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By Sir Arthur Conan Doyle
“Mister, sir, Mister–a humble M.R.C.S.”
“And a man of precise mind, evidently.”
“A dabbler in science, Mr. Holmes, a picker up of shells on the shores of the great unknown ocean. I presume that it is Mr. Sherlock Holmes whom I am addressing and not–”
“No, this is my friend Dr. Watson.”
“Glad to meet you, sir. I have heard your name mentioned in connection with that of your friend. You interest me very much, Mr. Holmes. I had hardly expected so dolichocephalic a skull or such well—marked supra—orbital development. Would you have any objection to my running my finger along your parietal fissure? A cast of your skull, sir, until the original is available, would be an ornament to any anthropological museum. It is not my intention to be fulsome, but I confess that I covet your skull.”
Sherlock Holmes waved our strange visitor into a chair. “You are an enthusiast in your line of thought, I perceive, sir, as I am in mine,” said he. “I observe from your forefinger that you make your own cigarettes. Have no hesitation in lighting one.”
The man drew out paper and tobacco and twirled the one up in the other with surprising dexterity. He had long, quivering fingers as agile and restless as the antennae of an insect.
Holmes was silent, but his little darting glances showed me the interest which he took in our curious companion. “I presume, sir,” said he at last, “that it was not merely for the purpose of examining my skull that you have done me the honour to call here last night and again today?”
“No, sir, no; though I am happy to have had the opportunity of doing that as well. I came to you, Mr. Holmes, because I recognized that I am myself an unpractical man and because I am suddenly confronted with a most serious and extraordinary problem. Recognizing, as I do, that you are the second highest expert in Europe–”
“Indeed, sir! May I inquire who has the honour to be the first?” asked Holmes with some asperity.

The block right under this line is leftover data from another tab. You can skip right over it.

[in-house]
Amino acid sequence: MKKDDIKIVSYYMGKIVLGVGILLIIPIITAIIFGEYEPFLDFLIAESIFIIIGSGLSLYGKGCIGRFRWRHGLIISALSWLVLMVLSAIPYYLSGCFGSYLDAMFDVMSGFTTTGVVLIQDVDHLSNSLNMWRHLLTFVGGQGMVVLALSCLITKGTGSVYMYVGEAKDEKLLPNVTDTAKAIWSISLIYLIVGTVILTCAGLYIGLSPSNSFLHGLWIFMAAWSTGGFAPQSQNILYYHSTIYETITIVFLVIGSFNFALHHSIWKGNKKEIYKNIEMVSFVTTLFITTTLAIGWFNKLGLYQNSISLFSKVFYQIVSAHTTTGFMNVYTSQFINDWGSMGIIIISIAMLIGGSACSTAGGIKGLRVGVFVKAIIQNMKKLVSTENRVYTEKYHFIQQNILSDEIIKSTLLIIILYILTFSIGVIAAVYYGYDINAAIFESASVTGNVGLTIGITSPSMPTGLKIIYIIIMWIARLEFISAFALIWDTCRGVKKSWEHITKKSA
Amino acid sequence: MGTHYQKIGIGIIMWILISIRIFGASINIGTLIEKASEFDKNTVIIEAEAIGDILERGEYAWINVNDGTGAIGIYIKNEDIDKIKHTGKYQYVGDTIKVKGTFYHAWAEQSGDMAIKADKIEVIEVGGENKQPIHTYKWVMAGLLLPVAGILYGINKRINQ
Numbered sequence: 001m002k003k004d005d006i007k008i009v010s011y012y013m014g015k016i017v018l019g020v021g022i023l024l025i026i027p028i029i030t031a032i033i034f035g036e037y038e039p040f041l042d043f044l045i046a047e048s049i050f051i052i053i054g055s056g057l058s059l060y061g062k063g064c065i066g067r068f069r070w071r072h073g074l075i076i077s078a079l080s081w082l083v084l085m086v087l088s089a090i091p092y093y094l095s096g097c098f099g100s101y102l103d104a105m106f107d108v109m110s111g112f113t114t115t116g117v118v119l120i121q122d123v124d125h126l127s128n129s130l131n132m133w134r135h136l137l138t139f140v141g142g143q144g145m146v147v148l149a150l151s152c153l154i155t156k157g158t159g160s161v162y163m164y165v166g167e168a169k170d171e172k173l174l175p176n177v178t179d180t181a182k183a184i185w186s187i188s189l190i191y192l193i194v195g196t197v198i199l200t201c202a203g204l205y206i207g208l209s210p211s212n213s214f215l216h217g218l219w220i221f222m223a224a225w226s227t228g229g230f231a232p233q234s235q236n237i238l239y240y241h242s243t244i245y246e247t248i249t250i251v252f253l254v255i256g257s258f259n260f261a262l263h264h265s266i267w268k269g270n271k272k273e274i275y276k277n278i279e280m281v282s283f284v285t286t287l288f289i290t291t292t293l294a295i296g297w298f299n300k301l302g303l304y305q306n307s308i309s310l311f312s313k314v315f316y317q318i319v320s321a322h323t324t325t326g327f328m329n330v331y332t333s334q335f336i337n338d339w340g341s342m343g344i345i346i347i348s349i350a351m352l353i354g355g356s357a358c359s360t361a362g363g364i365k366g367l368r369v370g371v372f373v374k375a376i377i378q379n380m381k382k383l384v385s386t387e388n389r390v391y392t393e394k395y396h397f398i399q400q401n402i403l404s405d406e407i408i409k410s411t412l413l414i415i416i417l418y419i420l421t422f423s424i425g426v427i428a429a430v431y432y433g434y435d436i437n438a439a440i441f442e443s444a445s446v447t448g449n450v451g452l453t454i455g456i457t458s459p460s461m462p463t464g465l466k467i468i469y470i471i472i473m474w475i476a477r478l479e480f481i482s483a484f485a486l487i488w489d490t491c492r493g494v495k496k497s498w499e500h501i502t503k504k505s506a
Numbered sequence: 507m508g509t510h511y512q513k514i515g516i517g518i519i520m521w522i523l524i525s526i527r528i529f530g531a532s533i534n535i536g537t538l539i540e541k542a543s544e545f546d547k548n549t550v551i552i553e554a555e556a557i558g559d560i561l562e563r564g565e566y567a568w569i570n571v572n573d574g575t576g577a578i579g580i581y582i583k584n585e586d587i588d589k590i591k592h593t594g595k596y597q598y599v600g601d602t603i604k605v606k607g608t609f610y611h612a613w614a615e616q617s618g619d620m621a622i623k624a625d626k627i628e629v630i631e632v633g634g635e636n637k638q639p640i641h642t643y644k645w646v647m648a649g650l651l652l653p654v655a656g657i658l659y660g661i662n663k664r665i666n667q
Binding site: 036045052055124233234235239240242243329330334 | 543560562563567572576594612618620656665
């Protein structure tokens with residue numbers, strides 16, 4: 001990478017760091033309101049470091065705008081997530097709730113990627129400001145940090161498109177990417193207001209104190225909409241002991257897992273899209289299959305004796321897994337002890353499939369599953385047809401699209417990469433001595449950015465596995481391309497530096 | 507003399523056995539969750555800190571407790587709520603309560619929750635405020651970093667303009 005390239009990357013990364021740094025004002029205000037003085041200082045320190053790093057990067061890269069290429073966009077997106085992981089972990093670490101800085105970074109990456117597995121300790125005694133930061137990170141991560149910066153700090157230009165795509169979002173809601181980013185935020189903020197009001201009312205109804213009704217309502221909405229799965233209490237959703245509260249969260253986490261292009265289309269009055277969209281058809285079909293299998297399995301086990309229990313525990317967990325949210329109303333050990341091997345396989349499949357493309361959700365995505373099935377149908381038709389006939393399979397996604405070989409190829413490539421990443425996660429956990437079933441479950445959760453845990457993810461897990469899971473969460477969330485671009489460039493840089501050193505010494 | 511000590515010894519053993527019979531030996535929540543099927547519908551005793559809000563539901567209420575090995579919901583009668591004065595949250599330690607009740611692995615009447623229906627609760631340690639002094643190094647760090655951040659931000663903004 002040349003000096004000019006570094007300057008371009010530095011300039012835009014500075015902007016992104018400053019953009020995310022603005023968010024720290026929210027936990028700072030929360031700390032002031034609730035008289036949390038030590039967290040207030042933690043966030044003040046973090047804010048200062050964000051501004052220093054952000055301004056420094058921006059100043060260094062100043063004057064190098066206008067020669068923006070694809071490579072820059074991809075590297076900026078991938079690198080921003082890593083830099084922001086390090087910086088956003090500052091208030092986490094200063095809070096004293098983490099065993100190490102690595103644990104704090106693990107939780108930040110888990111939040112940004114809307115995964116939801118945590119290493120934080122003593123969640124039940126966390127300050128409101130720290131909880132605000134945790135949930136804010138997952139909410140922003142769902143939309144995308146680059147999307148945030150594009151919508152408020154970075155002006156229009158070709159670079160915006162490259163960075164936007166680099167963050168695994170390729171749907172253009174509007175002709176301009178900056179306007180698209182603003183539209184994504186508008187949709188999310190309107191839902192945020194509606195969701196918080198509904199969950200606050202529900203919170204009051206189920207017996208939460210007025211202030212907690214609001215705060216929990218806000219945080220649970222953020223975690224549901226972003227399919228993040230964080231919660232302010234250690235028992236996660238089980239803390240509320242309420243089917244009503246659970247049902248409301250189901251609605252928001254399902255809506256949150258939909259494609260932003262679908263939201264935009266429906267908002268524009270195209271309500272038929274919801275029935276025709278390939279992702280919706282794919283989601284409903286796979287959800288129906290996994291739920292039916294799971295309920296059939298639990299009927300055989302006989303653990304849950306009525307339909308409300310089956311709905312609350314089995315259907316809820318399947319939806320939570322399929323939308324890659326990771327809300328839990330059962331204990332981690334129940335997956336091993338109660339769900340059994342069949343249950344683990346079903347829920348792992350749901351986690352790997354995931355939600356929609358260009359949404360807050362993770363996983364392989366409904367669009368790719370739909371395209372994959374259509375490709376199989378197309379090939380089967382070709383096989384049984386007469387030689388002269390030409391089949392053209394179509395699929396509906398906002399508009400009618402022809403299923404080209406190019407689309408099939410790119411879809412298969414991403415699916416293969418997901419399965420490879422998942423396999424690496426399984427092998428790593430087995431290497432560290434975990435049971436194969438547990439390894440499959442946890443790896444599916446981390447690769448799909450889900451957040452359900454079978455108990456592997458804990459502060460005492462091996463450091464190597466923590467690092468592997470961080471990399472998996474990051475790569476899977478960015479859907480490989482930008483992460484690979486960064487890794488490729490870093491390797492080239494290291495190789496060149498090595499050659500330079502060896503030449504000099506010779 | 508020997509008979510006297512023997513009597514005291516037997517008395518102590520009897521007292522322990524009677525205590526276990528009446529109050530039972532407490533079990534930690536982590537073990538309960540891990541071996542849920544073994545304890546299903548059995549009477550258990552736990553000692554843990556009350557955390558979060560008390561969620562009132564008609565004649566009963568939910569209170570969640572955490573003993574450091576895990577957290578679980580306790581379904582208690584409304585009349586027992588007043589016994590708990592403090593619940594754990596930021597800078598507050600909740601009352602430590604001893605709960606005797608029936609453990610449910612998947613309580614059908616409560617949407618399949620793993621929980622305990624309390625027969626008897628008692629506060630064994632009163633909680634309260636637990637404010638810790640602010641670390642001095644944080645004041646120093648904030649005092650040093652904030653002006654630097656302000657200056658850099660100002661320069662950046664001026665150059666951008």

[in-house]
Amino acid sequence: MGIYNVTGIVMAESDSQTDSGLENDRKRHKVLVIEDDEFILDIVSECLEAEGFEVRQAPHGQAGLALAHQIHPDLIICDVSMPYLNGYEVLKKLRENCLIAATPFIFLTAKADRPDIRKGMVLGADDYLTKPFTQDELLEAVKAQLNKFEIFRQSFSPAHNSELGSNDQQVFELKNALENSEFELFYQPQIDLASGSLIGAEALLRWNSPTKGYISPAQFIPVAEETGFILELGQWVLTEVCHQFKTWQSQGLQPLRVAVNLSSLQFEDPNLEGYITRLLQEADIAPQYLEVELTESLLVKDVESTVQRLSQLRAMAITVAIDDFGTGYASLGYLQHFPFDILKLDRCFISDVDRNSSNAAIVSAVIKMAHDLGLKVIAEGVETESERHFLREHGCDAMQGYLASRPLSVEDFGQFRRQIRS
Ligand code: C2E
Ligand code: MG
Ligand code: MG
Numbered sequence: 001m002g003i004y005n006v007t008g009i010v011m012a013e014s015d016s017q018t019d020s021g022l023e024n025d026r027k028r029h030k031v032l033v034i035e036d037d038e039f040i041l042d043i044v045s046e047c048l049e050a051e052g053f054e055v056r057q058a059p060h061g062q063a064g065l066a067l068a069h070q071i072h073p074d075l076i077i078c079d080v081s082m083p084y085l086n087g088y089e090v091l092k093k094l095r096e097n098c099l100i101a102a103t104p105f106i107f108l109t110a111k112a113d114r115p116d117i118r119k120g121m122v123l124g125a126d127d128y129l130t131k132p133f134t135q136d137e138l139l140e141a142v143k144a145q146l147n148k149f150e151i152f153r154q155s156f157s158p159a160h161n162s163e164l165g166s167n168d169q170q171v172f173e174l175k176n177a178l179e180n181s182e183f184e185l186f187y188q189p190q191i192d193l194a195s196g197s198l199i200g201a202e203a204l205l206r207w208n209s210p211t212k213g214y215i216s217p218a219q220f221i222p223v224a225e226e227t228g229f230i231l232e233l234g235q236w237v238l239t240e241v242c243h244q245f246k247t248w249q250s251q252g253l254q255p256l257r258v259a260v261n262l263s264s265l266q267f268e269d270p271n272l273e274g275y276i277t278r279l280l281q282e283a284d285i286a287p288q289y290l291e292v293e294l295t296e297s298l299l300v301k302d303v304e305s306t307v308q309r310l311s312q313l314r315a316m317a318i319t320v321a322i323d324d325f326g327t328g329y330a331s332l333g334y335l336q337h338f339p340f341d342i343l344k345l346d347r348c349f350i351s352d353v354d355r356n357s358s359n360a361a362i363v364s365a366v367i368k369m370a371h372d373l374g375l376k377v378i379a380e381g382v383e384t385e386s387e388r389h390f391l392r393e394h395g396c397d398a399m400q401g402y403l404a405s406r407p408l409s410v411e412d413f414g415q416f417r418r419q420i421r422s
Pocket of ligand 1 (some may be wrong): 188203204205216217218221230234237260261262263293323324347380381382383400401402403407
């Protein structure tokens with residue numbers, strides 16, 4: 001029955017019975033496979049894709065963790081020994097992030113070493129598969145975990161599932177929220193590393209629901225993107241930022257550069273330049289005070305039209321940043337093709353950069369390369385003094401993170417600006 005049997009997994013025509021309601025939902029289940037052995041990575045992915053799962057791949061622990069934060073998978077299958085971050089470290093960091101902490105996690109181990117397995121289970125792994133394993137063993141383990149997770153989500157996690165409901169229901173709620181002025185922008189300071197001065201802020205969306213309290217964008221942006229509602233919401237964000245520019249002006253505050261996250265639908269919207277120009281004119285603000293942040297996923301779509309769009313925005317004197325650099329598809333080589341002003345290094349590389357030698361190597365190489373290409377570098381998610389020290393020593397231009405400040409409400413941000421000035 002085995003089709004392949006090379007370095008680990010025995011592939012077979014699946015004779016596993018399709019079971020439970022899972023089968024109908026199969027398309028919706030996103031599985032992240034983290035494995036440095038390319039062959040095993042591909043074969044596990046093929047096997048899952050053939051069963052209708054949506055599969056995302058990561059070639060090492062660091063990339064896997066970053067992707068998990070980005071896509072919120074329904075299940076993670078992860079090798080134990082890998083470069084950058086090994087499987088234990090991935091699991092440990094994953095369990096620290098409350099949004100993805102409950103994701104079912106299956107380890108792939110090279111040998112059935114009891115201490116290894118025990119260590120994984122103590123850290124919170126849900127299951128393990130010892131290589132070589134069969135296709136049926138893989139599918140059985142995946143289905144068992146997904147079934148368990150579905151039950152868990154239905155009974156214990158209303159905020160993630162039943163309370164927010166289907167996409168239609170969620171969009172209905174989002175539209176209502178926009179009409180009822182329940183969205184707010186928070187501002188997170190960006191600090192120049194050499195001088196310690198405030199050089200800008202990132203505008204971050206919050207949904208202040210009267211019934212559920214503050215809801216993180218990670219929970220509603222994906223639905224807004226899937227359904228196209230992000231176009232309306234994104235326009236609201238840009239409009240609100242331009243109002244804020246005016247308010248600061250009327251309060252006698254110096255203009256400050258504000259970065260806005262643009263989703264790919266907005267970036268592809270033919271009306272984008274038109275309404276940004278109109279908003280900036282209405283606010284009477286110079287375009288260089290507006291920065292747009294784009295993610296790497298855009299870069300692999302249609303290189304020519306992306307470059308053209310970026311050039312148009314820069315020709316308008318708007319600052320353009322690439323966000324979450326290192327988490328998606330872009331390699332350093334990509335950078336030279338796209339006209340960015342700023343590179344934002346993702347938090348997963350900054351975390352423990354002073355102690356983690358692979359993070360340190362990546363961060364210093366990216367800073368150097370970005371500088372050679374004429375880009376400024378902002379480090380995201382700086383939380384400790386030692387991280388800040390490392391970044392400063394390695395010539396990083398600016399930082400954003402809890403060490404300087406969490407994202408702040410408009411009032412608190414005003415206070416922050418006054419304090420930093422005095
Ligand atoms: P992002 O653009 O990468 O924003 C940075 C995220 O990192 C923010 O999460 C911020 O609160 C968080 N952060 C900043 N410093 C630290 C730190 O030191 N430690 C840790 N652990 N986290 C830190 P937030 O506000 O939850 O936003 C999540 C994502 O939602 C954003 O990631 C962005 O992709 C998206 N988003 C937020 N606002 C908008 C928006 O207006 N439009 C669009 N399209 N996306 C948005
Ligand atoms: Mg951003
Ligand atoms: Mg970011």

“To the man of precisely scientific mind the work of Monsieur Bertillon must always appeal strongly.”
“Then had you not better consult him?”
“I said, sir, to the precisely scientific mind. But as a practical man of affairs it is acknowledged that you stand alone. I trust, sir, that I have not inadvertently–”
“Just a little,” said Holmes. “I think, Dr. Mortimer, you would do wisely if without more ado you would kindly tell me plainly what the exact nature of the problem is in which you demand my assistance.”
Chapter 2. The Curse of the Baskervilles
“I have in my pocket a manuscript,” said Dr. James Mortimer.
“I observed it as you entered the room,” said Holmes.
“It is an old manuscript.”
“Early eighteenth century, unless it is a forgery.”
“How can you say that, sir?”
“You have presented an inch or two of it to my examination all the time that you have been talking. It would be a poor expert who could not give the date of a document within a decade or so. You may possibly have read my little monograph upon the subject. I put that at 1730.”
“The exact date is 1742.” Dr. Mortimer drew it from his breast—pocket. “This family paper was committed to my care by Sir Charles Baskerville, whose sudden and tragic death some three months ago created so much excitement in Devonshire. I may say that I was his personal friend as well as his medical attendant. He was a strong—minded man, sir, shrewd, practical, and as unimaginative as I am myself. Yet he took this document very seriously, and his mind was prepared for just such an end as did eventually overtake him.”
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